[¶42.] In Basin Electric Cooperative v. State Board of Control, supra, we were concerned with the philosophy behind the change of use, place of use and point of diversion statutes (§ 41-3-104 and § 41-3-114(a)) which applied to water rights. That opinion found its genesis in the public policy of the state which contemplates the application of reserved water to a beneficial use, and we said that only so much of a water right could be transferred as had been historically beneficially used - that it was not possible to enlarge upon the historic beneficial use of an appropriated water right through the device of changing use, place of use and point of diversion. We explained that the key to understanding the application of beneficial-use concepts to a change-of-use proceeding
"* * * is a recognition that the issues of nonuse and misuse are inextricably interwoven with the issues of change of use and change in the place of use. This is true even without the formal initiation of abandonment proceedings under the statutes. If an appropriator, either by misuse or failure to use, has effectively abandoned either all or part of his water right through noncompliance with the beneficial-use requirements imposed by law, he could not effect a change of use or place of use for that amount of his appropriation which had been abandoned. See Rocky Mountain Power Company v. White River Electric Association, 151 Colo. 45, 376 P.2d 158, 161, and Flasche v. Westcolo Co., 112 Colo. 387, 149 P.2d 817." (Emphasis added.) 578 P.2d at 564.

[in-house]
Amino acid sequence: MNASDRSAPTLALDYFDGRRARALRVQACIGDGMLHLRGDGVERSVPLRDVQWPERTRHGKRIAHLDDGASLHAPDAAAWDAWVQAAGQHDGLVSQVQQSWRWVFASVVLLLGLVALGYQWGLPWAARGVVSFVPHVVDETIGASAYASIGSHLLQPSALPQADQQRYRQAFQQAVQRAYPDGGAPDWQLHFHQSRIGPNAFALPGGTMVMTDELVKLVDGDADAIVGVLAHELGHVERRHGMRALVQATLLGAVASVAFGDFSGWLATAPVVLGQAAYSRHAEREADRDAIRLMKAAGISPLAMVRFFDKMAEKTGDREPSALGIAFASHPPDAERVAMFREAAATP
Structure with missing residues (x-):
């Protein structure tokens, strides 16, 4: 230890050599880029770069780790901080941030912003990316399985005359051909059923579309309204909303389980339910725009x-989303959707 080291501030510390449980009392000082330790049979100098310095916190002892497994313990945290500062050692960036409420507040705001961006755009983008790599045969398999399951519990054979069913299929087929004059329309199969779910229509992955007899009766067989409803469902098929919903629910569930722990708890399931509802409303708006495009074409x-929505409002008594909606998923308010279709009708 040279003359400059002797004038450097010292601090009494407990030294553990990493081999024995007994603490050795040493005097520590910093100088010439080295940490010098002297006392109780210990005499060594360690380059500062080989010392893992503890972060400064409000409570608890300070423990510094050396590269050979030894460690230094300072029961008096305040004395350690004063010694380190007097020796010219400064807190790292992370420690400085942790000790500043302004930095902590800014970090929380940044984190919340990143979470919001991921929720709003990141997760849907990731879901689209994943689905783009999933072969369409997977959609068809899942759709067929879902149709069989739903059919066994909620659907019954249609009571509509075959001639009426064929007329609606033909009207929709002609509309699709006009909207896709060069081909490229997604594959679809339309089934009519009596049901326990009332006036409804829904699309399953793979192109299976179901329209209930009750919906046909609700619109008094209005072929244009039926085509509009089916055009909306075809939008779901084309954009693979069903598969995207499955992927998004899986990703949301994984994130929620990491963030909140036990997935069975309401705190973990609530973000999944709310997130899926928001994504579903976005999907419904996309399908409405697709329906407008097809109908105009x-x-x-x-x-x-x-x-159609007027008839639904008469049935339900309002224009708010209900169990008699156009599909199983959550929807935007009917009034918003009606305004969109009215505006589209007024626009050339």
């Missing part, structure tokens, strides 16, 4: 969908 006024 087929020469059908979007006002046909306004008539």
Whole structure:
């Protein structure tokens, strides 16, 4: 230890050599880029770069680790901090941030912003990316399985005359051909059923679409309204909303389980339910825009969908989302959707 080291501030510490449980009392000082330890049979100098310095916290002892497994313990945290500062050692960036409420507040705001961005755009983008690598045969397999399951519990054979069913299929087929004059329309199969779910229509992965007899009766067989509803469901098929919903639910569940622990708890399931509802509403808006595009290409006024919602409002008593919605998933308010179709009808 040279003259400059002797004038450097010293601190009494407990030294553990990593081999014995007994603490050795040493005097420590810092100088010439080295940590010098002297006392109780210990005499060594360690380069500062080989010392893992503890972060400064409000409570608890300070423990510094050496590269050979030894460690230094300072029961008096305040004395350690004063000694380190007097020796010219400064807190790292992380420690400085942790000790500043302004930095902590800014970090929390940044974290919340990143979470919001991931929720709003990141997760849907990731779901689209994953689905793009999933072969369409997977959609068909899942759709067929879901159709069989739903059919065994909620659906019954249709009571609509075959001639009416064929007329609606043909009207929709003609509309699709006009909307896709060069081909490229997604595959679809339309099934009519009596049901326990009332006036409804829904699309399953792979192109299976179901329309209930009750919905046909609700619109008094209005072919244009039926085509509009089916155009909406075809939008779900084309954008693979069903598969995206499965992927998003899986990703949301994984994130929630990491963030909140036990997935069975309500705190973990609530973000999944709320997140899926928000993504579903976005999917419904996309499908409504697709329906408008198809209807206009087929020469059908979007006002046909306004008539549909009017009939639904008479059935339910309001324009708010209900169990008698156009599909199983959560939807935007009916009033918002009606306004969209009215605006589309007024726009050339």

[¶43.] In support of our conclusion that "nonuse and misuse are inextricably interwoven with the issues of change of use and change in the place of use" of a right to use water, we said:
"* * * An appropriator obtains a transferable water right only to the extent that he has put his appropriation to a beneficial use." 578 P.2d at 563.
In the same opinion we said:
"* * * The water right of an appropriator is limited to beneficial use even though a larger amount has been adjudicated.", (with citations) 578 P.2d at 563,
"`* * * an appropriator of water obtains by his appropriation that only of which he makes a beneficial use * * *.'" 578 P.2d at 563, quoting from Johnston v. Little Horse Creek Irrigating Co., 13 Wyo. 208, 79 P. 22, 24 (1904).